Moreover, the invention is applicable to LED grown on a non-conductive substrate, such as sapphire. It also can be applied to the LED on a conductive substrate, such as GaAs, GaP, Si, SiC, when a vertical conduction configuration is not available.
The present invention addresses methods of improving current spreading by means of device geometry and contact design. In the illustrated embodiment, a transparent ohmic contact layer is used on the top of the side of the device with less conductivity. All the contacts are carefully designed to minimize the current crowding, maximize the light-emitting area, and hence improve the efficiency and lifetime of the LED. Details of the concept of the current invention can be illustrated follows, the description of which is for illustrative purposes and in not to be regarded as non-limiting.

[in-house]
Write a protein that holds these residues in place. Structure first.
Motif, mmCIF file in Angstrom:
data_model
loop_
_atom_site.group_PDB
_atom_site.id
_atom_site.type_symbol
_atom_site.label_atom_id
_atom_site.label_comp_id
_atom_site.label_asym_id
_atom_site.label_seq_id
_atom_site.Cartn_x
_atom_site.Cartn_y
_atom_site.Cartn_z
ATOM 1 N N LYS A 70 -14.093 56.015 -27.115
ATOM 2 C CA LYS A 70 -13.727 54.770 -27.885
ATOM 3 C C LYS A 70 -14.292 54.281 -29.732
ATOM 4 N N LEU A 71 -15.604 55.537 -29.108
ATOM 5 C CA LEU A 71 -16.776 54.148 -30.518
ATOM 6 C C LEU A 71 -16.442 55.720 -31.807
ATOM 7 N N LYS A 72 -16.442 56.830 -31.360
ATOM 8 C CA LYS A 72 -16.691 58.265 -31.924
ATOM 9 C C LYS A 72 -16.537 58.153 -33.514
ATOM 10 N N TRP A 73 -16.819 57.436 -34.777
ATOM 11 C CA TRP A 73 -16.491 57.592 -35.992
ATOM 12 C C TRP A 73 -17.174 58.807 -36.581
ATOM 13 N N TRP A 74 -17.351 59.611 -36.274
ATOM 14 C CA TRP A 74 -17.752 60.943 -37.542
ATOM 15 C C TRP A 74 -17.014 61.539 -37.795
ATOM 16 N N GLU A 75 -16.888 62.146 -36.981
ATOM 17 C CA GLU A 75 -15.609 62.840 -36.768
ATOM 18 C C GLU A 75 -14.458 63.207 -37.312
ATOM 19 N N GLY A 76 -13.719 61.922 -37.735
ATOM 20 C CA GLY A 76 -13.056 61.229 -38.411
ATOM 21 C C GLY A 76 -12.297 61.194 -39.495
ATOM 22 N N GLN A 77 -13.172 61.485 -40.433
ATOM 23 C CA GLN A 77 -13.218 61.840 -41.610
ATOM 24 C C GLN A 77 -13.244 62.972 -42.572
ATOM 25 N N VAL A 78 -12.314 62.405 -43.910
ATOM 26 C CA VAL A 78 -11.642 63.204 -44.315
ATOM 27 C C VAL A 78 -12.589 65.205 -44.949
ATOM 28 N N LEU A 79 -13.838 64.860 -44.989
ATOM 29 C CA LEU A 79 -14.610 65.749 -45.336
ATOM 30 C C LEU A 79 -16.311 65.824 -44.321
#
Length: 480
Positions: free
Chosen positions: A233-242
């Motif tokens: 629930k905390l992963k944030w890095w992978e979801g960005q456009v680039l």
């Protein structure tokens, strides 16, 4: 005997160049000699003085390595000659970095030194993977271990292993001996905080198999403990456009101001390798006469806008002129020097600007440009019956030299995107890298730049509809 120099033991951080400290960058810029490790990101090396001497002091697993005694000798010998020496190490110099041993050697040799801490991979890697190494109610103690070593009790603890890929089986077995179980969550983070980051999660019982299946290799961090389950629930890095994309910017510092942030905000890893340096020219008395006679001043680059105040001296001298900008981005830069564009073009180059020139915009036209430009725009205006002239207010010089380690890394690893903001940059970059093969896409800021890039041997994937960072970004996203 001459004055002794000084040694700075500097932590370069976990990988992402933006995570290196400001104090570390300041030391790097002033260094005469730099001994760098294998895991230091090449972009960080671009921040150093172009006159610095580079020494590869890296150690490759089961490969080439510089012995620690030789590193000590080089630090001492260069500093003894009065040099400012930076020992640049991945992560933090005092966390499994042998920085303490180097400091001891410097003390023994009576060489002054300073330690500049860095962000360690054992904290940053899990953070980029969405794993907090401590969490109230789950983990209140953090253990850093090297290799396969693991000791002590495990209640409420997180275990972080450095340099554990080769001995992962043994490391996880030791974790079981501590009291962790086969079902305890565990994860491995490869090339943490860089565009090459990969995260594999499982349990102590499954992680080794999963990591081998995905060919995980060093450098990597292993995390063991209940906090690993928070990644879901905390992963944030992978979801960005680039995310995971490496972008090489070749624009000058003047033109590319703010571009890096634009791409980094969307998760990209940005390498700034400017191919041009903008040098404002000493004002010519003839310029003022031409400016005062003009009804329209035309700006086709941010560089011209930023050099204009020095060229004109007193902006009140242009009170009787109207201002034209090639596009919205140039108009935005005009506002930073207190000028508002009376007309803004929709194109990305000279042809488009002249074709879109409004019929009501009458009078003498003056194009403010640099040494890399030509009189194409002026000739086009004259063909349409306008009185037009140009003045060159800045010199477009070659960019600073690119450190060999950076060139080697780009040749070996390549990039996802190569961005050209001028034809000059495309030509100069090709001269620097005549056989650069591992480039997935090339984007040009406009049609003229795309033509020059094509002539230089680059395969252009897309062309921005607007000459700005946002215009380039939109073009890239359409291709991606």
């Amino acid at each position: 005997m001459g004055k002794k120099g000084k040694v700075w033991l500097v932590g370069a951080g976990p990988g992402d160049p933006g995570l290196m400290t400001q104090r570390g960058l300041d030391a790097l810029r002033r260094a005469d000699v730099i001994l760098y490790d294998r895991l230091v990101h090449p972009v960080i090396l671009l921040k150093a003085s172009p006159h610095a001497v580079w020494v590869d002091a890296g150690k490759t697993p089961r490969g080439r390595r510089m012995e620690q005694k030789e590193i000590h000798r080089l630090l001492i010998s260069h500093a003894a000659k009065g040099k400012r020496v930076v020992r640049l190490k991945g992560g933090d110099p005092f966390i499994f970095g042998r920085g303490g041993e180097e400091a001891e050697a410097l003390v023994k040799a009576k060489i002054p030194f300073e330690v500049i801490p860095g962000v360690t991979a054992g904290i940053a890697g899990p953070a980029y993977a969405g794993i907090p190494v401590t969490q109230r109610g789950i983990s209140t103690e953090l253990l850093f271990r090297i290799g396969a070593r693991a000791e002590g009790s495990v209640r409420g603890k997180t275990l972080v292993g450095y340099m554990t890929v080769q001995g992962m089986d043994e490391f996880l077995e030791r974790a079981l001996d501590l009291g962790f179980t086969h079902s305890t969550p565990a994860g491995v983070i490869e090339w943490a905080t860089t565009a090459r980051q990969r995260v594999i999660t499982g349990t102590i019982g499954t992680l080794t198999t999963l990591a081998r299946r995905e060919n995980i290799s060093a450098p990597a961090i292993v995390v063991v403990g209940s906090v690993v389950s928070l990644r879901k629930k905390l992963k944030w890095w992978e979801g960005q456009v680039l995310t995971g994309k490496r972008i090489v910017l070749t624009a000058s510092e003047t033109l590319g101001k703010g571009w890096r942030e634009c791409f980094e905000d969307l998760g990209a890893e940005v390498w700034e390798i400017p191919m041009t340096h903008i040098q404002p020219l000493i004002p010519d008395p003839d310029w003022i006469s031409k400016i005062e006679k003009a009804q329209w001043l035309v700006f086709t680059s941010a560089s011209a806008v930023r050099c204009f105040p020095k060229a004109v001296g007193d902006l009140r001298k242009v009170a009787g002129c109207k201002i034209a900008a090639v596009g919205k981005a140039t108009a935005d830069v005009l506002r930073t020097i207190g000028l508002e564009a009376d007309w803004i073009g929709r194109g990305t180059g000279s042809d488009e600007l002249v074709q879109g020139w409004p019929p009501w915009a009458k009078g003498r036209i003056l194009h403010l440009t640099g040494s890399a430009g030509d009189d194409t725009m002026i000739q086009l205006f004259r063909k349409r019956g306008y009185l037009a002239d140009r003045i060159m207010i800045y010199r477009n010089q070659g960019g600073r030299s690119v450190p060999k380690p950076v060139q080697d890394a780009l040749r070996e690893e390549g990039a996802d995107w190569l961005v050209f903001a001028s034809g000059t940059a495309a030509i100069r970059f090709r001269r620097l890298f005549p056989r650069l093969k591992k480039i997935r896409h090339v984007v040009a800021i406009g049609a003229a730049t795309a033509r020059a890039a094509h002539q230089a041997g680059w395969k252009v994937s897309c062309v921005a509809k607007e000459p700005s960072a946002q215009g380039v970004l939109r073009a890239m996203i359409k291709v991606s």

Depicted in FIG. 2 and FIG. 3 is individually the cross-sectional and top-view diagrams illustrating the embodiment of the present invention. An n-type GaN structure 12 is grown on an insulating substrate 11, such as a sapphire substrate 11. A light emitting structure 13 is grown on the n-type GaN structure 12 followed by a p-type GaN structure 14 thereon. Both n-type GaN and p-type structures can be either a single layer, such as GaN, or multiple layers, such as a combination of GaN, AlN and other combinations. The light emitting structure can be a homogeneous p-n junction, a double hetero-junction, a single quantum well structure, or a multiple quantum well structure. The preferred device structure consists of a single n-type GaN layer, a InGaN/GaN multiple quantum well light emitting layer, and AlGaN/GaN (at p-side) layer grown on the sapphire substrate 11. The semiconductor LED is epitaxially prepared under the above arrangement.